A priority for expats moving to Manchester with children will be finding the right school. Relocating to a new place can be unsettling for kids, and choosing a good school plays a big role in ensuring a successful transition into expat life.
Factors worth considering include the child’s English language proficiency and academic ability. It is also best to first choose a good school before deciding which neighbourhood to settle in. This is because many government-funded schools in the UK base admission on catchment areas.
Government-funded schools in Manchester
The standard of government-funded or state schools in Manchester varies tremendously. Some schools are excellent, while others have poorer standards. The better government-funded schools tend to be close to the more affluent areas of Manchester.
Throughout the UK, state education is provided by the government at no cost to British citizens and foreigners legally residing in the country. These schools are effectively funded by taxes.
Expats should consult the school's Ofsted (Office of Standards in Education) report for information on the quality of teaching and facilities as well as the academic performance of students at a particular school.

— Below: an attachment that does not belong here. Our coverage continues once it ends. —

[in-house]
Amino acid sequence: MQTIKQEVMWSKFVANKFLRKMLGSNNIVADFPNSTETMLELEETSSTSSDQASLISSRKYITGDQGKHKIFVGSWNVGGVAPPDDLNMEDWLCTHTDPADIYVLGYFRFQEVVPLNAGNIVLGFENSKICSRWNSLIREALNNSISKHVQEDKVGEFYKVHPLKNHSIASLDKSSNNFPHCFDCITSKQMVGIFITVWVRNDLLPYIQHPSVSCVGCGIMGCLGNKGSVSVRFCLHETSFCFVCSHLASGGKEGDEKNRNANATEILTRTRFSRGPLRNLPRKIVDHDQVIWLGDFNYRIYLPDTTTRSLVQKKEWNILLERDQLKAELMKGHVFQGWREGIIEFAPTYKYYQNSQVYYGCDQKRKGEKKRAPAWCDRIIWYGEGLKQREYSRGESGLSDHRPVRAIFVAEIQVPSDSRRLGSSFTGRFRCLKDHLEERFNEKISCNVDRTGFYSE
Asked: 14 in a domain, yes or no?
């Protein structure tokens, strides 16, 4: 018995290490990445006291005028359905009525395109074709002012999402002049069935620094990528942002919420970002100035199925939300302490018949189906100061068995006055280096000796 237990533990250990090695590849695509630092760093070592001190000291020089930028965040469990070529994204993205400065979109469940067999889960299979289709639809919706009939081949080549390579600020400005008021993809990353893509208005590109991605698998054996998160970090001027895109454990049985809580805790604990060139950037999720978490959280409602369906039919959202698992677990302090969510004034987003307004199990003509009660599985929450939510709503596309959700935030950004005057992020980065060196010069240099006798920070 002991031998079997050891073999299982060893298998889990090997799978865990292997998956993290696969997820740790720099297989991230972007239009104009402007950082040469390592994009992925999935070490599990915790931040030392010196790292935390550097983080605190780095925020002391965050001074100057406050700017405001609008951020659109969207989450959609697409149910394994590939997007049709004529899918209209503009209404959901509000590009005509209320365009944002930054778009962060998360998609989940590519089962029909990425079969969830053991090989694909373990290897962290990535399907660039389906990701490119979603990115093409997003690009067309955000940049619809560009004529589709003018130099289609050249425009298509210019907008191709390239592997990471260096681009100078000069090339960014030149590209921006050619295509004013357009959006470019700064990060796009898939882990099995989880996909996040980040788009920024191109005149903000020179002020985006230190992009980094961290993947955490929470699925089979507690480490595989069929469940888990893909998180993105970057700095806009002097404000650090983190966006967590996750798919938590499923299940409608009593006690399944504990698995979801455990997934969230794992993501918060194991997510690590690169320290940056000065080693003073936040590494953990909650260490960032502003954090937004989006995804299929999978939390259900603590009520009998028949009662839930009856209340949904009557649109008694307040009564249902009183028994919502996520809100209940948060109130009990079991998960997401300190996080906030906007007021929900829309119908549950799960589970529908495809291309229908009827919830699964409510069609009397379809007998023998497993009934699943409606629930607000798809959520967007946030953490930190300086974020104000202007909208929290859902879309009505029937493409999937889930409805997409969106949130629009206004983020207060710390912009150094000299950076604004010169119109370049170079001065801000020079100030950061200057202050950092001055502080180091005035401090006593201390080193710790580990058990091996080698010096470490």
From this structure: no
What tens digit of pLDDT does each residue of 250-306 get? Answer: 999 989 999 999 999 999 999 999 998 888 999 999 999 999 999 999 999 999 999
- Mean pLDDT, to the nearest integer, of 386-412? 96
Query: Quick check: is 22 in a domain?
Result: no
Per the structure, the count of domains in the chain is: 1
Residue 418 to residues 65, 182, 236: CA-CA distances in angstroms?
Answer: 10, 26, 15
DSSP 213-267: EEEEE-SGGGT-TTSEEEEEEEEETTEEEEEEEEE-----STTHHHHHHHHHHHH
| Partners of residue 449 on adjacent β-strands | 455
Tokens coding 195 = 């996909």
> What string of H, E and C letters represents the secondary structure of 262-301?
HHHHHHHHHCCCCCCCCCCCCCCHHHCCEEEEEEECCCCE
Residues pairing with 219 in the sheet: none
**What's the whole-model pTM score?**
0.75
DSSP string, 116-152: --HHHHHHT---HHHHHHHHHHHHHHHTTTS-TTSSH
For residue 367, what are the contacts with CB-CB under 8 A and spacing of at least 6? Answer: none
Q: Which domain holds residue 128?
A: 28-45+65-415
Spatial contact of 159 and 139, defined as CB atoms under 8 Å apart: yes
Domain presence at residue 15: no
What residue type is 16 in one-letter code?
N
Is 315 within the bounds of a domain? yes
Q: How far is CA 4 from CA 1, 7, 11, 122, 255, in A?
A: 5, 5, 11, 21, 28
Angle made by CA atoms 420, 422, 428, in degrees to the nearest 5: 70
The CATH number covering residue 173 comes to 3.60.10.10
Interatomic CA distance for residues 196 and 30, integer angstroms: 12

Admission criteria vary from school to school, and expat parents should contact schools directly to find out about the admission process.
Private schools in Manchester
There are a large number of private schools in Manchester. Fees at private schools in Manchester are high, but standards are excellent, class sizes are small and students generally perform better academically than those in government-funded schools. Parents will also need to budget for additional costs, such as extra-curricular activities, stationery, school uniforms and overseas trips.
Admission requirements for private schools vary. In some instances, students will have to attend an interview or pass an exam.
International schools in Manchester
While there are no schools teaching foreign curricula in Manchester, there are a few schools offering the International Baccalaureate (IB). The IB is often a good choice for expat families as it's well recognised by universities worldwide and is standardised throughout the schools around the world that teach it.
For expats who wish to have their children study the national curriculum of their home country, it might be worthwhile considering boarding options at international schools in London. As the capital, London is home to a diverse range of schools offering foreign curricula in the language of the school's country of origin.
Parents should note that many international schools are oversubscribed, so it's best to start the application process as early as possible in order to secure a place. In addition, international schools are typically even pricier than regular private schools, so expats should ensure they are aware of the financial commitment involved when it comes to fees and extras.